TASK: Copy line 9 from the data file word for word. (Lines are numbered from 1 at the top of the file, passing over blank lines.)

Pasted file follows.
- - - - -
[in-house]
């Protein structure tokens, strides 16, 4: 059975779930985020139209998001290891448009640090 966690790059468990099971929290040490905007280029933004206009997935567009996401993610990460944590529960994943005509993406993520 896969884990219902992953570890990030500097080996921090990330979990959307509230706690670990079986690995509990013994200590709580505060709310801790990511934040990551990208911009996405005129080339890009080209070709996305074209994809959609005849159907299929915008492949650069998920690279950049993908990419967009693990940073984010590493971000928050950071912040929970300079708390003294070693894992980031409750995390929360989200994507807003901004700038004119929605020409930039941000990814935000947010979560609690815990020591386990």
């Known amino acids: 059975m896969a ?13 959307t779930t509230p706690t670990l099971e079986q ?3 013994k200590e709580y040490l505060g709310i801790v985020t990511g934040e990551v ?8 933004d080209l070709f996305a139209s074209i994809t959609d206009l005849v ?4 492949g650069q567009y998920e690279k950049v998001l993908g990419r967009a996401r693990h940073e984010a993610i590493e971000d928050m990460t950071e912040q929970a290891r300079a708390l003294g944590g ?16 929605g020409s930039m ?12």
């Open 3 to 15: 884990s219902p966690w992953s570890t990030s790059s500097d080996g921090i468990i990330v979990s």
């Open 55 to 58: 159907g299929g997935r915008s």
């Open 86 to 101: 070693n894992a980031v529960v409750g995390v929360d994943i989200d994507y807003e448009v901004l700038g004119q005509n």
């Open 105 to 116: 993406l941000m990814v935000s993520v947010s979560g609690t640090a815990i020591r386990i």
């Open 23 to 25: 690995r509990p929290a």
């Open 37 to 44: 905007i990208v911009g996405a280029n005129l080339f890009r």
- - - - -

């Open 37 to 44: 905007i990208v911009g996405a280029n005129l080339f890009r």